“I definitely would have stayed,” Shaq said.

We lost our superstar, but never lost our hero.

We lost our center, we never lost our team.

Those mid-90s Magic teams will forever exist as retro teams in video games, as memorabilia, and as memories, and no one can take away what Shaq brought to the organization.  He made the Magic a global franchise; no talent since has done so.

But being team media is something I never could have expected, and this is a special privilege, that I full realize.

As a kid no one could have convinced me I would have the opportunity to talk to my favorite players growing up.

Or, to be on a first name basis with Orlando’s first lottery pick, and Anderson is every bit as personal as he was aggressive with a basketball—telling him I still have an autograph he signed for me when I was 12 solicited a good laugh from one of the Magic’s first premier talents prior to the arrival of Shaq and Penny.  I was now able to converse with a guy whose cards I’d hoped to get in packs.

It was so surreal that it seemed I would wake up from a great dream at any moment.

Shaq went on adding that the Magic could have beat the Houston Rockets in the 1995.

“We could have beat those guys blindfolded.”

There’s that memory of losing to Hakeem Olajuwon and Clyde “The Glyde Drexler”—and, I still have a Shaquille O’Neal Sports Illustrated poster never removed from its original shrink wrap.  There was no doubting our gratitude to have enjoyed a talent like Shaq’s for howsoever brief it was.

O’Neal mastered everything in life except free throws; and those barely mattered give his nearly entirely unstoppable drop step.  His game was entirely unstoppable and there was precious little an opponent could do, especially since fouling him hard didn’t guarantee he wouldn’t power it through the rim and get to the line for a three-point play.

No. 32 brought us memories, and it began to be overcome with some strange emotion, wishing I could show my father the video I made of O’Neal—how close we were to his face, and ultimately that I was working the field I’d long hoped I could fully integrate myself with.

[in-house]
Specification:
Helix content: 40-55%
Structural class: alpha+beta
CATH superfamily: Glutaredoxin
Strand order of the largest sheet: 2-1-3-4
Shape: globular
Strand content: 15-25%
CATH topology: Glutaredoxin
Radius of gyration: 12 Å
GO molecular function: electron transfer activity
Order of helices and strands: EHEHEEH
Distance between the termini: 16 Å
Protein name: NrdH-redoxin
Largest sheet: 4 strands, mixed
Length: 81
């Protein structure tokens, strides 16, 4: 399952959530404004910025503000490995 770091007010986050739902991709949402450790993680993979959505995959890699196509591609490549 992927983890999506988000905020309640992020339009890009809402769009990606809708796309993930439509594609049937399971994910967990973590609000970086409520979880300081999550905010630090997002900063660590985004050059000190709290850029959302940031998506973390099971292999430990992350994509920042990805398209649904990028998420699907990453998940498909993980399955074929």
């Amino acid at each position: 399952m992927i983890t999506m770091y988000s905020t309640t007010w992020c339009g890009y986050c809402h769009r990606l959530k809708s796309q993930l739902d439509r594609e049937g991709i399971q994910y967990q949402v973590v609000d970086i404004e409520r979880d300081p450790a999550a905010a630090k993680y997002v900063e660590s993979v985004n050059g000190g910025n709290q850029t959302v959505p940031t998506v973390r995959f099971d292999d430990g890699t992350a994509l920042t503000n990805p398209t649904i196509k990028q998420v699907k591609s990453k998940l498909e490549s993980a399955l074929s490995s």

I was a biochemist in the room amongst journalist, one who could describe organic chemistry in depth, but not how to conduct a proper interview.

And yet, I was there.

I’d attended 12 games as a reporter between 2010 and 2012; but this was an exclusive event for Magic team media. There may never be another day like it in my life, the chance to tell  Shaq he was the man who helped make my childhood even more enthralling. The NBA still interests me, and Dwight Howard was a great talent to have in Orlando; as was Tracy McGrady and Penny Hardaway; and so on. But it isn’t the same as when I was a child and these players were larger than life.

And I met the largest and the most influential of them all.  It’s hard to even process.

It is a day and a handshake I’ll never forget.  It was like cementing the memory of someone whose impact on my life went far beyond the stats, the basketball impact, but into giving our family a treat to watch both on the TV and using the season tickets we split with four other families.  Opponents didn’t always matter, because Shaquille was on the Magic and we got to watch a top-10 all-time talent in his early years.

That can’t be taken away.